The disaster that engulfed the capital city of Quito on February 12th 1949, in which at least 6 people lost their lives, has long been held to be the fault of one man, a writer and producer with the El Comercio radio station called Leonardo Páez, but evidence strongly contradicting this has recently come to light. Páez has routinely been painted in almost Machiavellian terms, with claims made that he withheld his intentions from the station owners, planted false stories about UFOs in local papers to drum up public unease prior to the broadcast, and most damningly of all, locked the doors to the studio to prevent his own actors from realising the enormity of the situation that was rapidly unfolding in the city. And by all accounts, this was by every conceivable measure, a full-blown mass panic, with priests offering absolution to the faithful, crowds of terrified residents taking to the streets and army trucks setting out to confront the invaders.
If Páez had really engineered this, then his is surely one of the most successful and deadliest confidence tricks in history, but the truth is that he was simply another victim of the incredible plasticity of Wells story, which time and time again has proven its ability to adapt to prevailing conditions and exploit local undercurrents of tension and anxiety. As testified by his daughter, Páez was horrified when protestations over the air that it was only a play brought forth a mob of some 300 people to the doors of the radio station. Enraged that they had been so thoroughly fooled, and armed with rocks and blazing copies of the El Comercio newspaper (the owner of the radio station with which they shared premises), the shutters to the basement printing presses were forced open, and the building callously torched.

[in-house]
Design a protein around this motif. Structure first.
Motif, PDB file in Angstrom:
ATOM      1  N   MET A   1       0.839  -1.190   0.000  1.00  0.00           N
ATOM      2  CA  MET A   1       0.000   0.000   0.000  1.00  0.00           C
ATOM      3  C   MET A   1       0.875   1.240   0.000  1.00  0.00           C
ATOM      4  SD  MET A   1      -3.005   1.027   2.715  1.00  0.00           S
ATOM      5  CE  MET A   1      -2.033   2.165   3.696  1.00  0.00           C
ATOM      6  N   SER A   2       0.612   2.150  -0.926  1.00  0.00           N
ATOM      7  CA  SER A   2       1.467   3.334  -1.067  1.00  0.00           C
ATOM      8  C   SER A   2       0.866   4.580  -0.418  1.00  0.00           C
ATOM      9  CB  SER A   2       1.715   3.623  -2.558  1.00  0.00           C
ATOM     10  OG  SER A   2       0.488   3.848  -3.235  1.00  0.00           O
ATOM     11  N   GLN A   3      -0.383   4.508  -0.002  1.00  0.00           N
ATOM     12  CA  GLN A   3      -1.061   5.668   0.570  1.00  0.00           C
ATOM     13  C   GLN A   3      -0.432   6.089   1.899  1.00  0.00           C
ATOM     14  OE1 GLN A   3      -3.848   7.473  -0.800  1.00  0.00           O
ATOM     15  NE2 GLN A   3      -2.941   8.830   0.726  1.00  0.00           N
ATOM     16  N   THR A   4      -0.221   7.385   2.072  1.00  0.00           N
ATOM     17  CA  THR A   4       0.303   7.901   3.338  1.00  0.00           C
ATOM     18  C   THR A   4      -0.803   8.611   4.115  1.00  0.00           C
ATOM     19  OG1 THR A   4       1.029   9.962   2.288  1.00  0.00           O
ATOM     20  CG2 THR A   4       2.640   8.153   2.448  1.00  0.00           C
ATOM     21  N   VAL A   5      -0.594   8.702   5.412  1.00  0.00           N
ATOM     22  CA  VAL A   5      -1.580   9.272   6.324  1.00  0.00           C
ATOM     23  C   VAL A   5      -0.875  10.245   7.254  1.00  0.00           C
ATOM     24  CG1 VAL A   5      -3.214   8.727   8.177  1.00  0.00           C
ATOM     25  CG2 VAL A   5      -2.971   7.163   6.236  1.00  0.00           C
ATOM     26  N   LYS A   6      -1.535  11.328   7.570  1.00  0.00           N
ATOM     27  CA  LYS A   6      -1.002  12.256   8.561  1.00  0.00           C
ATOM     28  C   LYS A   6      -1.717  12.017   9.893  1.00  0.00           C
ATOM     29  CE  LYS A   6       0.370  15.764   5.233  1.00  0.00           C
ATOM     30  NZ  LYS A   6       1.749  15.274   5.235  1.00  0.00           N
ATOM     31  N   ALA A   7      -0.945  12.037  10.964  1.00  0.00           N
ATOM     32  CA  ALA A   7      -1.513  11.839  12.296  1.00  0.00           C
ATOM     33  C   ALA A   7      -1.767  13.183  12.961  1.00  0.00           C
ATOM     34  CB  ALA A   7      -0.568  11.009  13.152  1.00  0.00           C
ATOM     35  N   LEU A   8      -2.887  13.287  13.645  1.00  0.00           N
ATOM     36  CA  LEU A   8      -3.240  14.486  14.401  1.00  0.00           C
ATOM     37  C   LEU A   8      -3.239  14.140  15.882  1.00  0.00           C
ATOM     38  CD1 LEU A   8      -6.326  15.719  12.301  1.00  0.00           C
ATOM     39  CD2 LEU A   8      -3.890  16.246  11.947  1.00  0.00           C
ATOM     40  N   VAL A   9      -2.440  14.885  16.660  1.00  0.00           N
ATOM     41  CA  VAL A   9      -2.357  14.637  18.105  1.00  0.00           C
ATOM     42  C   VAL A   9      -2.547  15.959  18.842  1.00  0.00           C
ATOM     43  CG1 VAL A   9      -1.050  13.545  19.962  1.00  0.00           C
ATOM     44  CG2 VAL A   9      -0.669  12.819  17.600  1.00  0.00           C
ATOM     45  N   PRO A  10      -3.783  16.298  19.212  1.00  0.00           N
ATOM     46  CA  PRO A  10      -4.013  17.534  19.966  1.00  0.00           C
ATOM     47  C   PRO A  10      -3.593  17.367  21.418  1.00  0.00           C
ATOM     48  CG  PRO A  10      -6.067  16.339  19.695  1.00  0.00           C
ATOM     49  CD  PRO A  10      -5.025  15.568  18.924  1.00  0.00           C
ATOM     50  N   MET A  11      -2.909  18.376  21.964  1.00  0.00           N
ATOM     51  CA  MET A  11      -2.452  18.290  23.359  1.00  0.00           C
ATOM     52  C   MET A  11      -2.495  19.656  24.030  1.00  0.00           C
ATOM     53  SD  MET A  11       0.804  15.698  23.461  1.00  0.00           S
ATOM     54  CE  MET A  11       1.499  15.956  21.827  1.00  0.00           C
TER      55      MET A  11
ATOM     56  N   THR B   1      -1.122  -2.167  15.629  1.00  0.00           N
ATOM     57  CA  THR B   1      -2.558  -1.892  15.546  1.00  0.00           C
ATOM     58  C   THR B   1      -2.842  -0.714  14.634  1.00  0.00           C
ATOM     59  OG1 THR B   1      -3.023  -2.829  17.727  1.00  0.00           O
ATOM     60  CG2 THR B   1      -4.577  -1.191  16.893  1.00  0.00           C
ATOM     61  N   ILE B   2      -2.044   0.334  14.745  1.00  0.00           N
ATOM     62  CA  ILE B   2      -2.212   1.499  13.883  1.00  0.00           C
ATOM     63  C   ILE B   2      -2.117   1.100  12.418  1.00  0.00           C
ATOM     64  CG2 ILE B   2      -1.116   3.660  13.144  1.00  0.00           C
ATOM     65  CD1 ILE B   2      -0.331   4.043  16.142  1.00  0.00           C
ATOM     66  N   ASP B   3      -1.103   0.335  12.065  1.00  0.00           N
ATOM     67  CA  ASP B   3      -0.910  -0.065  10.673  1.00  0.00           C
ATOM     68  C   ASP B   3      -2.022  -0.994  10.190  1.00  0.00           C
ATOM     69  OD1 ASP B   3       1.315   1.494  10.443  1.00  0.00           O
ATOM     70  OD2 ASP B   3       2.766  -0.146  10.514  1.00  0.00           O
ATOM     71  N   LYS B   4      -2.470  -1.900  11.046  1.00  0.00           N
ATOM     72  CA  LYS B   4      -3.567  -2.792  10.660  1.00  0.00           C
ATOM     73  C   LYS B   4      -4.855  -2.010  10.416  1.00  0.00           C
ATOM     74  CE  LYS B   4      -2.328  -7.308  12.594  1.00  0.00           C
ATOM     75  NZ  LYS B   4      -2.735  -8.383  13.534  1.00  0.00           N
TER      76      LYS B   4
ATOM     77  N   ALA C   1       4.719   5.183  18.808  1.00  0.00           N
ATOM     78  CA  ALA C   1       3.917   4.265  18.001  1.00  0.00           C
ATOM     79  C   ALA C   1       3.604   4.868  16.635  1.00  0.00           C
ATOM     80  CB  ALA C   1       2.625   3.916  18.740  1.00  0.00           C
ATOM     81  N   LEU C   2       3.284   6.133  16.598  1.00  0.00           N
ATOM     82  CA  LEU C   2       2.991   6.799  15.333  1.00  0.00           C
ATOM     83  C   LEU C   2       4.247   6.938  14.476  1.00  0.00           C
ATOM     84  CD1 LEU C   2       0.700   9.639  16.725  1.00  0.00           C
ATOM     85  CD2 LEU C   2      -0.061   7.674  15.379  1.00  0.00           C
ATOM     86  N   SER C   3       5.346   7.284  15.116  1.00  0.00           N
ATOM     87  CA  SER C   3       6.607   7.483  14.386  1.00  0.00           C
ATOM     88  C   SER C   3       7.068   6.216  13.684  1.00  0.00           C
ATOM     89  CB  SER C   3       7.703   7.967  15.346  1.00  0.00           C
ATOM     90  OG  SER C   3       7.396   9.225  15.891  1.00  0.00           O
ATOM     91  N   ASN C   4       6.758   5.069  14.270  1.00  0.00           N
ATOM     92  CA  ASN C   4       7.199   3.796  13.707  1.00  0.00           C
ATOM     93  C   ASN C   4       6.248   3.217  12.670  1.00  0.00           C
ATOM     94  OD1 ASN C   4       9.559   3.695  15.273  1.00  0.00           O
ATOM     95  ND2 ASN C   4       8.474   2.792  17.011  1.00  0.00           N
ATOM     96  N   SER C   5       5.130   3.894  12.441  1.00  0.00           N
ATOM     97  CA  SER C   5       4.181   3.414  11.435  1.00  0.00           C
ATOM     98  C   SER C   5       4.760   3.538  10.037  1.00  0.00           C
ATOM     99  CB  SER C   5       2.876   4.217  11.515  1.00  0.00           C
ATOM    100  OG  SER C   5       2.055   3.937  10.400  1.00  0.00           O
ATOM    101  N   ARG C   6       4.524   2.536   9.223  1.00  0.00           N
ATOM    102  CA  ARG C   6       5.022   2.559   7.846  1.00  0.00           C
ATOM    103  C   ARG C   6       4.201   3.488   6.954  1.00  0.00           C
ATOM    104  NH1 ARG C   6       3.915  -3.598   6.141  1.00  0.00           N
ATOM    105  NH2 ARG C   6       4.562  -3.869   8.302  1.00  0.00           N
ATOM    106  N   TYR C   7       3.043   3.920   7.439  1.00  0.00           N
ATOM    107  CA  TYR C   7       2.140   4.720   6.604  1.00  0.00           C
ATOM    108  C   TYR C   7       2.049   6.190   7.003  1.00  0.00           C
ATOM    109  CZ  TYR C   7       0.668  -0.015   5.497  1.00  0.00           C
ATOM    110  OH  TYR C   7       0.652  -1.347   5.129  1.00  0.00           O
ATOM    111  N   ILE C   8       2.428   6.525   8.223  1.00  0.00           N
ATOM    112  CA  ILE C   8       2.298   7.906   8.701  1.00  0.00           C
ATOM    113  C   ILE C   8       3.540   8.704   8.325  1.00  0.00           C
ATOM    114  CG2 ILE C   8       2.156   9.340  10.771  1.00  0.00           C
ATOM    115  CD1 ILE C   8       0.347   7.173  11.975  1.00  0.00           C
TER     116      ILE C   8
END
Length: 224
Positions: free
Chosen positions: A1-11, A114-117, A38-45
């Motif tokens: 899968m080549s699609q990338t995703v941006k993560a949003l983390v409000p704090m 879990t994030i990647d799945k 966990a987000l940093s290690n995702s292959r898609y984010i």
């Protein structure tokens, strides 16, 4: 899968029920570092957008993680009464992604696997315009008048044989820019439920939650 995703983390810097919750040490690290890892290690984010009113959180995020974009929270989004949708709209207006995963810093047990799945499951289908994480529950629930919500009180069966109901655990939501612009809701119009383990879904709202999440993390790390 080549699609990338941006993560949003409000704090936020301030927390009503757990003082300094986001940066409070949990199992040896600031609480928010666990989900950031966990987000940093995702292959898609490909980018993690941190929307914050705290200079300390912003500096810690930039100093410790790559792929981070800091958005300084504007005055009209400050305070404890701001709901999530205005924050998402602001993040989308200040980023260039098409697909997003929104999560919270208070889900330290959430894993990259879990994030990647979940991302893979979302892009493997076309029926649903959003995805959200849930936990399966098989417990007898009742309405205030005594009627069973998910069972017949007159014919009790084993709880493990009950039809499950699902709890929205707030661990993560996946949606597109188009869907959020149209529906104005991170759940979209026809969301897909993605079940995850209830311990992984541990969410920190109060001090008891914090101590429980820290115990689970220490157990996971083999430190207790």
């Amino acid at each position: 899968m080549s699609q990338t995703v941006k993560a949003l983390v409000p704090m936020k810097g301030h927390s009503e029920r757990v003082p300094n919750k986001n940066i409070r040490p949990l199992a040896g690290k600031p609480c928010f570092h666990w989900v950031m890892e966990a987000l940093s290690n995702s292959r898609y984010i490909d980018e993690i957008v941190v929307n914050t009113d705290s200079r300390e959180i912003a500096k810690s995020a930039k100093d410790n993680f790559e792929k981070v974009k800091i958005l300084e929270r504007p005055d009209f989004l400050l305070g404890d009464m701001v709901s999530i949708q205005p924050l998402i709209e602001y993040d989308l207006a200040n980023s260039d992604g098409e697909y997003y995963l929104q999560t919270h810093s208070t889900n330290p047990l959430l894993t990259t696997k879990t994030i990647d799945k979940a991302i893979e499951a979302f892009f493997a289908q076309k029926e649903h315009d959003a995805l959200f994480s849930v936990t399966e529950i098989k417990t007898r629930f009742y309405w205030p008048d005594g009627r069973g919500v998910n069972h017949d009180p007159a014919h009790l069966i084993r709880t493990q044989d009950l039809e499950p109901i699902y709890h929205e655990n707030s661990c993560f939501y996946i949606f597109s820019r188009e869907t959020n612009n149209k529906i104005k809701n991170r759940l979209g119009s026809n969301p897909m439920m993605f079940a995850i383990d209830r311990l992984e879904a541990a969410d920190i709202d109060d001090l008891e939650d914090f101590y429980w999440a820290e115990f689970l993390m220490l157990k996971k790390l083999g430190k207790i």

Cut off by the fire, Páez and his colleagues were forced to risk a perilous escape across the rooftops of nearby buildings, but tragically many of his friends did not reach safety. It has been suggested that Páez then vanished into the night, never to be seen again, but though many involved in the broadcast were briefly arrested in the coming days, Páez had retained documents proving his innocence - primarily a copy of his contract that proved the station management was well aware of the broadcast. Entirely exonerated of any blame for the tragedy, Páez even received the keys to the city of Quito in later life for his contribution to Ecuadorian culture, hardly the sort of honour likely to be bestowed on a mass murderer.